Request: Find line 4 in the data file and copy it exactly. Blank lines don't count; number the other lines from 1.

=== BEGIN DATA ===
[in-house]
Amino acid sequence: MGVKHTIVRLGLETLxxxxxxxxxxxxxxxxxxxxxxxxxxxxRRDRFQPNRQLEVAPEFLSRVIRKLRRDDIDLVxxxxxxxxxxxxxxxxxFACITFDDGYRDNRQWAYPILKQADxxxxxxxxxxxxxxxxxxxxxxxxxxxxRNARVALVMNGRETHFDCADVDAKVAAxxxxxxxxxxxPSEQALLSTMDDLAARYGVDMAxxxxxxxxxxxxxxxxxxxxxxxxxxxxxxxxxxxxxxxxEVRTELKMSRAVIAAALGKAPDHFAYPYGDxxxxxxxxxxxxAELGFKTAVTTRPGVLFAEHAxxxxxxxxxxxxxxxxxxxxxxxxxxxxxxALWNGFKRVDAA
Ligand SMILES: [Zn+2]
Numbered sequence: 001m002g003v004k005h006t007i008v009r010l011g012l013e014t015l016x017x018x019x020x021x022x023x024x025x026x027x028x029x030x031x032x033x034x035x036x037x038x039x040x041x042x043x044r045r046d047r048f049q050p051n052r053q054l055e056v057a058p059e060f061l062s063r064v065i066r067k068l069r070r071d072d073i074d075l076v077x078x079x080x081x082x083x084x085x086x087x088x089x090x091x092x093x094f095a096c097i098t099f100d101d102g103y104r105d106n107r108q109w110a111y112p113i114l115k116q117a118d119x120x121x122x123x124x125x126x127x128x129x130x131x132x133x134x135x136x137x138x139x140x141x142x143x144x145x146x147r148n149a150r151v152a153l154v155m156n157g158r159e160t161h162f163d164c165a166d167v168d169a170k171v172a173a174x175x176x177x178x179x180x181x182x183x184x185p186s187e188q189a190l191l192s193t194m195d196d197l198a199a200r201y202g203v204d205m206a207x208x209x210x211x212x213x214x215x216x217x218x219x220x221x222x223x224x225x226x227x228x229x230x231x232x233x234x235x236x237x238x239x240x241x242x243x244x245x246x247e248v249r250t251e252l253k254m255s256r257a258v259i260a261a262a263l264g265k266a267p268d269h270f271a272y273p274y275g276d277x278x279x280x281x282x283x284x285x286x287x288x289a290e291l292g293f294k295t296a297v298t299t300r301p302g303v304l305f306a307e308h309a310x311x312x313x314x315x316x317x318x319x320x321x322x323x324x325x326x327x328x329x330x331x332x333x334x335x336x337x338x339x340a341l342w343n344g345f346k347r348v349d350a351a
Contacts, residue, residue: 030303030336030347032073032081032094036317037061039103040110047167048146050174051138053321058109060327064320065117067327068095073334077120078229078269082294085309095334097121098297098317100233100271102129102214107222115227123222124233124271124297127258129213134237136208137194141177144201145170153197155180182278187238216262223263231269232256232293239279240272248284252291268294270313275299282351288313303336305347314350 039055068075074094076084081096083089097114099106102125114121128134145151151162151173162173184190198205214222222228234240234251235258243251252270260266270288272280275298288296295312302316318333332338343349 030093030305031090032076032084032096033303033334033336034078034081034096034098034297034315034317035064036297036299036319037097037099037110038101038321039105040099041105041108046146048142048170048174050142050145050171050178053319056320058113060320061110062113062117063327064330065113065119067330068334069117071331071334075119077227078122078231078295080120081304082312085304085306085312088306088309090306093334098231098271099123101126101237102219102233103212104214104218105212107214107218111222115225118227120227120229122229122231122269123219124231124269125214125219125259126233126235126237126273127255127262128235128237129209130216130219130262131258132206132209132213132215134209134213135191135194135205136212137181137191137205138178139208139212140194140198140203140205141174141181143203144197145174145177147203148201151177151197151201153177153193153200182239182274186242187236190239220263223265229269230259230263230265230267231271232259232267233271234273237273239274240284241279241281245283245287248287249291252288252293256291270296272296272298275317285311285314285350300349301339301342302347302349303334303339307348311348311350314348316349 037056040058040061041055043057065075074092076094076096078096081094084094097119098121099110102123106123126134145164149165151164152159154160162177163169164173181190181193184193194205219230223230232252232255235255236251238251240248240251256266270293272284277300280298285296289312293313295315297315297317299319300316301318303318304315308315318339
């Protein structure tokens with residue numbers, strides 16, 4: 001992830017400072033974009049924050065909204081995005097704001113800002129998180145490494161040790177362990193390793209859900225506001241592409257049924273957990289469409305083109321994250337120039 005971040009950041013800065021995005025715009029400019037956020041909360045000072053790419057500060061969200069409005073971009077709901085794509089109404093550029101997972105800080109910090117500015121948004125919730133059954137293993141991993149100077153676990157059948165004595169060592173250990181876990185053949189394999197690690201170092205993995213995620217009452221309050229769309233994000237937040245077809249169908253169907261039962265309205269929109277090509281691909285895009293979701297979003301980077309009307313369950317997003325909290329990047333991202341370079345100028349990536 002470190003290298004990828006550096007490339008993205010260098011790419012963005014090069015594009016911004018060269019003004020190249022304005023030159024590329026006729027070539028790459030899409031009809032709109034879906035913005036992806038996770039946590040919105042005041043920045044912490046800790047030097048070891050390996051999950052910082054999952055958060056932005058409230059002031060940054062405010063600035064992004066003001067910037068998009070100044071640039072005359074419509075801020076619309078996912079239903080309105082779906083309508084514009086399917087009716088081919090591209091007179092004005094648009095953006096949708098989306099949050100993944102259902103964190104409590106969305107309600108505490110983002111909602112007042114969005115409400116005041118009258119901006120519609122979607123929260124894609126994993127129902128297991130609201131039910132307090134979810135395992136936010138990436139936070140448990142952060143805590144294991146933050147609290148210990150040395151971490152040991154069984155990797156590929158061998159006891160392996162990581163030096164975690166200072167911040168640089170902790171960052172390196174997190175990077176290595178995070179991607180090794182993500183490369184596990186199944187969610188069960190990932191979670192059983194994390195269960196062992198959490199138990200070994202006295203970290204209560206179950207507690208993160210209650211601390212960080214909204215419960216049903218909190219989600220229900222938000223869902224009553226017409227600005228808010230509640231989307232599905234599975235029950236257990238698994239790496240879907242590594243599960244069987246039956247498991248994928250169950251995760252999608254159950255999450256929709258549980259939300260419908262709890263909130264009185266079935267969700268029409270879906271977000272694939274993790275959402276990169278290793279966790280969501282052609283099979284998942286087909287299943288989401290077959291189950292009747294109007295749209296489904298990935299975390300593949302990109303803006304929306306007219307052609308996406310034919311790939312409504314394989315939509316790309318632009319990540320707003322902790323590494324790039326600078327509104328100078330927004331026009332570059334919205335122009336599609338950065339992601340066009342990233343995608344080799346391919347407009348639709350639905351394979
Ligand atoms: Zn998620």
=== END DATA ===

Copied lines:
Numbered sequence: 001m002g003v004k005h006t007i008v009r010l011g012l013e014t015l016x017x018x019x020x021x022x023x024x025x026x027x028x029x030x031x032x033x034x035x036x037x038x039x040x041x042x043x044r045r046d047r048f049q050p051n052r053q054l055e056v057a058p059e060f061l062s063r064v065i066r067k068l069r070r071d072d073i074d075l076v077x078x079x080x081x082x083x084x085x086x087x088x089x090x091x092x093x094f095a096c097i098t099f100d101d102g103y104r105d106n107r108q109w110a111y112p113i114l115k116q117a118d119x120x121x122x123x124x125x126x127x128x129x130x131x132x133x134x135x136x137x138x139x140x141x142x143x144x145x146x147r148n149a150r151v152a153l154v155m156n157g158r159e160t161h162f163d164c165a166d167v168d169a170k171v172a173a174x175x176x177x178x179x180x181x182x183x184x185p186s187e188q189a190l191l192s193t194m195d196d197l198a199a200r201y202g203v204d205m206a207x208x209x210x211x212x213x214x215x216x217x218x219x220x221x222x223x224x225x226x227x228x229x230x231x232x233x234x235x236x237x238x239x240x241x242x243x244x245x246x247e248v249r250t251e252l253k254m255s256r257a258v259i260a261a262a263l264g265k266a267p268d269h270f271a272y273p274y275g276d277x278x279x280x281x282x283x284x285x286x287x288x289a290e291l292g293f294k295t296a297v298t299t300r301p302g303v304l305f306a307e308h309a310x311x312x313x314x315x316x317x318x319x320x321x322x323x324x325x326x327x328x329x330x331x332x333x334x335x336x337x338x339x340a341l342w343n344g345f346k347r348v349d350a351a